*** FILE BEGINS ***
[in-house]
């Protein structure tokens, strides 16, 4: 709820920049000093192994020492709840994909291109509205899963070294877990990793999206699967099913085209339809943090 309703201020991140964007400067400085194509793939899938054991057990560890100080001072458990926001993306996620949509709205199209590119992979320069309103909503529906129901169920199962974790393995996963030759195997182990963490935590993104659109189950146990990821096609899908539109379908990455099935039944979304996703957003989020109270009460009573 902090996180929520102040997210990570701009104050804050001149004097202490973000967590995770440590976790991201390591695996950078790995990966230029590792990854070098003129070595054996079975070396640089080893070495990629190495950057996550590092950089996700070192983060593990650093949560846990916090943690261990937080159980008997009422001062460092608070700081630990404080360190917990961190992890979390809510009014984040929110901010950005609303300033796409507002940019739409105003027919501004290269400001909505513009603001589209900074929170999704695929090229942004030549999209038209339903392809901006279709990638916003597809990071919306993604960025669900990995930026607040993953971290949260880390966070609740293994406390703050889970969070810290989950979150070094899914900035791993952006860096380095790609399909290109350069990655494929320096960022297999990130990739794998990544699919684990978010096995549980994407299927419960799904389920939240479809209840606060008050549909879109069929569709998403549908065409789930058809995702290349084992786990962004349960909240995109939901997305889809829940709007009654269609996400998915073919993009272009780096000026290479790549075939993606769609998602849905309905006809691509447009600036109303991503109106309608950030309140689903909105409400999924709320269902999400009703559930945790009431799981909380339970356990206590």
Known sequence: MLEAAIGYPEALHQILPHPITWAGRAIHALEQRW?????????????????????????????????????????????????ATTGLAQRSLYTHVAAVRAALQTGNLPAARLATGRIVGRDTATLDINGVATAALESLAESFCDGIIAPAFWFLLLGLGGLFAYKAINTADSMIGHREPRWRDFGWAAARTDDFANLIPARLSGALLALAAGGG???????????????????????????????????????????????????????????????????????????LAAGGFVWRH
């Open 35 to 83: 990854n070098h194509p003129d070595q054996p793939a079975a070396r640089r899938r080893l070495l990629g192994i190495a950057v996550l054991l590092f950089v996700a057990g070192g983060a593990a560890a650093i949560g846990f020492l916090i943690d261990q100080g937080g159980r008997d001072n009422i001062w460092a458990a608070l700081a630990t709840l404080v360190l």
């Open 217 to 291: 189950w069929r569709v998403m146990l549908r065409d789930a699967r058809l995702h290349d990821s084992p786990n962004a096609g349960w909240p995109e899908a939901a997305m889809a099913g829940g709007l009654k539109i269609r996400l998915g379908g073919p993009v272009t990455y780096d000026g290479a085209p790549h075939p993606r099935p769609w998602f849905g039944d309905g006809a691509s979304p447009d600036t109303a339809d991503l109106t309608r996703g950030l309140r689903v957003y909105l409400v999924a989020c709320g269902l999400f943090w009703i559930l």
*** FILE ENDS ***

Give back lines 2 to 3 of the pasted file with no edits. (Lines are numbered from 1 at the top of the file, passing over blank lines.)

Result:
């Protein structure tokens, strides 16, 4: 709820920049000093192994020492709840994909291109509205899963070294877990990793999206699967099913085209339809943090 309703201020991140964007400067400085194509793939899938054991057990560890100080001072458990926001993306996620949509709205199209590119992979320069309103909503529906129901169920199962974790393995996963030759195997182990963490935590993104659109189950146990990821096609899908539109379908990455099935039944979304996703957003989020109270009460009573 902090996180929520102040997210990570701009104050804050001149004097202490973000967590995770440590976790991201390591695996950078790995990966230029590792990854070098003129070595054996079975070396640089080893070495990629190495950057996550590092950089996700070192983060593990650093949560846990916090943690261990937080159980008997009422001062460092608070700081630990404080360190917990961190992890979390809510009014984040929110901010950005609303300033796409507002940019739409105003027919501004290269400001909505513009603001589209900074929170999704695929090229942004030549999209038209339903392809901006279709990638916003597809990071919306993604960025669900990995930026607040993953971290949260880390966070609740293994406390703050889970969070810290989950979150070094899914900035791993952006860096380095790609399909290109350069990655494929320096960022297999990130990739794998990544699919684990978010096995549980994407299927419960799904389920939240479809209840606060008050549909879109069929569709998403549908065409789930058809995702290349084992786990962004349960909240995109939901997305889809829940709007009654269609996400998915073919993009272009780096000026290479790549075939993606769609998602849905309905006809691509447009600036109303991503109106309608950030309140689903909105409400999924709320269902999400009703559930945790009431799981909380339970356990206590």
Known sequence: MLEAAIGYPEALHQILPHPITWAGRAIHALEQRW?????????????????????????????????????????????????ATTGLAQRSLYTHVAAVRAALQTGNLPAARLATGRIVGRDTATLDINGVATAALESLAESFCDGIIAPAFWFLLLGLGGLFAYKAINTADSMIGHREPRWRDFGWAAARTDDFANLIPARLSGALLALAAGGG???????????????????????????????????????????????????????????????????????????LAAGGFVWRH